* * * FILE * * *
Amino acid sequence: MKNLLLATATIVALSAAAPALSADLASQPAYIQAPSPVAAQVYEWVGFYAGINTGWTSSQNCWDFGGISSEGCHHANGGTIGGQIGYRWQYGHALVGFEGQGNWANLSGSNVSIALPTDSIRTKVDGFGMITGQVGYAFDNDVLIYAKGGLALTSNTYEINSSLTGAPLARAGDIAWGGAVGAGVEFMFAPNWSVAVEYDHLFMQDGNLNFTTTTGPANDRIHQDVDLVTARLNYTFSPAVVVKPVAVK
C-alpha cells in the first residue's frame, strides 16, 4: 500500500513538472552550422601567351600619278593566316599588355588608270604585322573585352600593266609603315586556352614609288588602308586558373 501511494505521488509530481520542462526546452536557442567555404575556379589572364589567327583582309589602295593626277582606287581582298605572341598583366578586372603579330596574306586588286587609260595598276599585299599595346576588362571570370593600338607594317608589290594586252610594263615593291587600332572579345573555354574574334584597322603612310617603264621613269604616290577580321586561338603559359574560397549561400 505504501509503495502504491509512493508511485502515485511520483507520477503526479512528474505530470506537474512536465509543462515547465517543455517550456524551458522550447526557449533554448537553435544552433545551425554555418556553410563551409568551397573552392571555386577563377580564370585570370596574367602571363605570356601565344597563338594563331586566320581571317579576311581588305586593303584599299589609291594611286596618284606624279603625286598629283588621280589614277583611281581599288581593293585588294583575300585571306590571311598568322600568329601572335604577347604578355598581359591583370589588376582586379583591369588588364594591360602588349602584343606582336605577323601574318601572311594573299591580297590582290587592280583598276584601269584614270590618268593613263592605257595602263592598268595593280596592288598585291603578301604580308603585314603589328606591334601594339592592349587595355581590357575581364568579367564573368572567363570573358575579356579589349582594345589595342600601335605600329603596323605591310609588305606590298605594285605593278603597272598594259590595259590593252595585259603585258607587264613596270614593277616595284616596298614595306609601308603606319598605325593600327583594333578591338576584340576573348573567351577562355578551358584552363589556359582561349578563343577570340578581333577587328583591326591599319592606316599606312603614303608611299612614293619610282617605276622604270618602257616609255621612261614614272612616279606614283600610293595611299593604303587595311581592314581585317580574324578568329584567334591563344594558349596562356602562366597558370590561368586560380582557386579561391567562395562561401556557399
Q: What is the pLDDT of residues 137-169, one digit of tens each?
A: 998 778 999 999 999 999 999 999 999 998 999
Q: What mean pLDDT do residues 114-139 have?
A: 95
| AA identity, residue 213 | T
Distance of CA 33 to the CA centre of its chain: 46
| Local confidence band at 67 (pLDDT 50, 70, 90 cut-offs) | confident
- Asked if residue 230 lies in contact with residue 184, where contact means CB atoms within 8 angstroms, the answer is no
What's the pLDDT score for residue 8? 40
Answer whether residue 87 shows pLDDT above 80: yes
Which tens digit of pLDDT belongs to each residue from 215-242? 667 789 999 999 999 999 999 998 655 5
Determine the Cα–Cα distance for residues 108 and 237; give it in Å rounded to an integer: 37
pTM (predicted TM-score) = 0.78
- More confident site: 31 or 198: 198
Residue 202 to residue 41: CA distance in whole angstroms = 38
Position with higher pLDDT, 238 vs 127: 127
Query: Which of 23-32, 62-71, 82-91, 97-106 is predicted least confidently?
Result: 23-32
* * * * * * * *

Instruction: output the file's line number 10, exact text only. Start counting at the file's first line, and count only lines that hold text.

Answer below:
- Asked if residue 230 lies in contact with residue 184, where contact means CB atoms within 8 angstroms, the answer is no